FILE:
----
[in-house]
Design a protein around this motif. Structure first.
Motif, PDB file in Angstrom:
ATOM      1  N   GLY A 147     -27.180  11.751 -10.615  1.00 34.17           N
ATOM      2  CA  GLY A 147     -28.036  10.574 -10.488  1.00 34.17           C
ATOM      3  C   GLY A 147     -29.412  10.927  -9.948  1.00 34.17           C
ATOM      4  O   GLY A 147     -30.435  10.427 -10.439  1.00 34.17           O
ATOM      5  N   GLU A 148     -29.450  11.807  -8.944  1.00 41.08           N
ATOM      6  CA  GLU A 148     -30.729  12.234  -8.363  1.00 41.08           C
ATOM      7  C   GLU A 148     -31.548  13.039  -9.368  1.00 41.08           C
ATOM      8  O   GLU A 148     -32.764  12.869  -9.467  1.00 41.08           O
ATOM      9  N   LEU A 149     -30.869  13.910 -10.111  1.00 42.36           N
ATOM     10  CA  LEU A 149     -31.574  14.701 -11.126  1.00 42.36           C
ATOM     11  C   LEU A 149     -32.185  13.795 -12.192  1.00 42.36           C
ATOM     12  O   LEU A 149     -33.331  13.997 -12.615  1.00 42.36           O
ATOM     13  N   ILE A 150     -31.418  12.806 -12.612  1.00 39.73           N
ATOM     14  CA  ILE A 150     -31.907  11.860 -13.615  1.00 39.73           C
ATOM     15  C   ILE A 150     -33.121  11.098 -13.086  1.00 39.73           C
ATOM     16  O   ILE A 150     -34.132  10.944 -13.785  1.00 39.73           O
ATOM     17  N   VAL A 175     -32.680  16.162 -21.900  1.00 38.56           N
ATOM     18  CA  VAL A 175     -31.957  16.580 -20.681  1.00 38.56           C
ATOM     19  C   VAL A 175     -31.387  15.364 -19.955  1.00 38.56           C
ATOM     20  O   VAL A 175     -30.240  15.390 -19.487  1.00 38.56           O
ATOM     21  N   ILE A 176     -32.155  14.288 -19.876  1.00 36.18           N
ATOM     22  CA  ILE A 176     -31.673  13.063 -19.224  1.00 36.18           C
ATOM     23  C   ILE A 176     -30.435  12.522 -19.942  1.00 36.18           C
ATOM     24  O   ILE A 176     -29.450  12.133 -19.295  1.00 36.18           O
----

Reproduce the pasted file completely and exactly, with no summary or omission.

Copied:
[in-house]
Design a protein around this motif. Structure first.
Motif, PDB file in Angstrom:
ATOM      1  N   GLY A 147     -27.180  11.751 -10.615  1.00 34.17           N
ATOM      2  CA  GLY A 147     -28.036  10.574 -10.488  1.00 34.17           C
ATOM      3  C   GLY A 147     -29.412  10.927  -9.948  1.00 34.17           C
ATOM      4  O   GLY A 147     -30.435  10.427 -10.439  1.00 34.17           O
ATOM      5  N   GLU A 148     -29.450  11.807  -8.944  1.00 41.08           N
ATOM      6  CA  GLU A 148     -30.729  12.234  -8.363  1.00 41.08           C
ATOM      7  C   GLU A 148     -31.548  13.039  -9.368  1.00 41.08           C
ATOM      8  O   GLU A 148     -32.764  12.869  -9.467  1.00 41.08           O
ATOM      9  N   LEU A 149     -30.869  13.910 -10.111  1.00 42.36           N
ATOM     10  CA  LEU A 149     -31.574  14.701 -11.126  1.00 42.36           C
ATOM     11  C   LEU A 149     -32.185  13.795 -12.192  1.00 42.36           C
ATOM     12  O   LEU A 149     -33.331  13.997 -12.615  1.00 42.36           O
ATOM     13  N   ILE A 150     -31.418  12.806 -12.612  1.00 39.73           N
ATOM     14  CA  ILE A 150     -31.907  11.860 -13.615  1.00 39.73           C
ATOM     15  C   ILE A 150     -33.121  11.098 -13.086  1.00 39.73           C
ATOM     16  O   ILE A 150     -34.132  10.944 -13.785  1.00 39.73           O
ATOM     17  N   VAL A 175     -32.680  16.162 -21.900  1.00 38.56           N
ATOM     18  CA  VAL A 175     -31.957  16.580 -20.681  1.00 38.56           C
ATOM     19  C   VAL A 175     -31.387  15.364 -19.955  1.00 38.56           C
ATOM     20  O   VAL A 175     -30.240  15.390 -19.487  1.00 38.56           O
ATOM     21  N   ILE A 176     -32.155  14.288 -19.876  1.00 36.18           N
ATOM     22  CA  ILE A 176     -31.673  13.063 -19.224  1.00 36.18           C
ATOM     23  C   ILE A 176     -30.435  12.522 -19.942  1.00 36.18           C
ATOM     24  O   ILE A 176     -29.450  12.133 -19.295  1.00 36.18           O